Really, we’re aiming to break down the dichotomy of high and popular in terms of television viewing. There’s this idea that either you revel in watching crap or you enjoy opera, and television programming makes you travel between these two points on the spectrum. Our idea was to park right in the middle of the spectrum. Take Tatort, for example. Our choosing to include that show in our offer was really important. The programme is very specifically German, and there are many sociocultural specificities involved. Its selection was an implicit cultural act on our part. We wanted to show the real culture that sits between the highbrow and the lowbrow.

Q: What was the thinking behind the inclusion of Heartless, the series with the vampire lesbians?

A: We wanted to attract a younger audience! And it’s a wonderful piece of television. What we found with our other shows was that young people don’t take to crime shows, so we started looking at short-form shows in other genres. We wanted to buy more of this type of thing but we needed to establish a slot to be able to play this type of programming. We felt Heartless was one of the best ways to draw people in. Once we’d got the audience, we could target other shows with similar promise. So our aim was to promote and market the programme to the younger audience. And our strongest marketing tool is in fact the television we provide. We get up to a million viewers, so people know we’re there. But young people don’t watch television. So what might be the best way to draw them in? With a lesbian vampire show!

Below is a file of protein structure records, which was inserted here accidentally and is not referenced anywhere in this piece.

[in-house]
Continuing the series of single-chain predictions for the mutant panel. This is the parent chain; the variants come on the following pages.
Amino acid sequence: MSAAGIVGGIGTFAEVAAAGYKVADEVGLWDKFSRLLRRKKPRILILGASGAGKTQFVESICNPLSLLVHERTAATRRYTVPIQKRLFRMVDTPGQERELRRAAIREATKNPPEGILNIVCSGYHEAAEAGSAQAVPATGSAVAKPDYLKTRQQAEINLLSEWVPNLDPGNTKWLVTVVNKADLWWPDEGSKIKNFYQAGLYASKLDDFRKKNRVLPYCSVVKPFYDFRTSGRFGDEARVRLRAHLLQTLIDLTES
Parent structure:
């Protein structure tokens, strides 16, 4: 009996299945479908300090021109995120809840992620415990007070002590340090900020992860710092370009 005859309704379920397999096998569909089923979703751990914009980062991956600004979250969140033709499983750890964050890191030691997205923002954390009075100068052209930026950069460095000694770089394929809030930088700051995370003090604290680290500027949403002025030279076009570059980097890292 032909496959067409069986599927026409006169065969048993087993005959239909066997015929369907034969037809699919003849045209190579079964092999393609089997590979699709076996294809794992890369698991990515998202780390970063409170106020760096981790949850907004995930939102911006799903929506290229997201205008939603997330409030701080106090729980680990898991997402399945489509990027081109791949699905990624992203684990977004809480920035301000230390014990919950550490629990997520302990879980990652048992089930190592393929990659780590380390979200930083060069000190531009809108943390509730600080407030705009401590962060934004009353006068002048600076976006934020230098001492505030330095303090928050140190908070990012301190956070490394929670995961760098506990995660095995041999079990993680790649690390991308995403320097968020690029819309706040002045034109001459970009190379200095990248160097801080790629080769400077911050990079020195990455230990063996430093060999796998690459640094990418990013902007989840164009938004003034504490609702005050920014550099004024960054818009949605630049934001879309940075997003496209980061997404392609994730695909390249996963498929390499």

Q: Who is your typical viewer?

A: Our audience demographic research shows that we have an equal male/female split across viewers. As you might have predicted, our typical viewer is aged 55 plus. Heartless was an exception there, as we attracted 16 to 34-year-olds, which was a rare draw for us. In general, we attract an older audience. Our viewers also tend to be upmarket but less metropolitan than you might think. When we were thinking about how to broaden our audience, we were looking for a show to use as our breakout show, which would also help us to diversify our schedule. So we chose Deutschland 83 because it’s for a younger audience, it’s cool. We didn’t want something that relied on the tropes of Scandi drama. Deutschland 83 is disruptive and the younger audience liked it because it was sexy and cool. We also like The Swingers, which is basically Fatal Attraction in suburbia. It’s fun, a bit of a romp. The show’s original title was New Neighbours (Nieuwe buren) but we renamed it The Swingers because that title rated better with viewers. The show captured audiences because of the stereotypes of Dutch culture that are on show, which of course get played up in the series.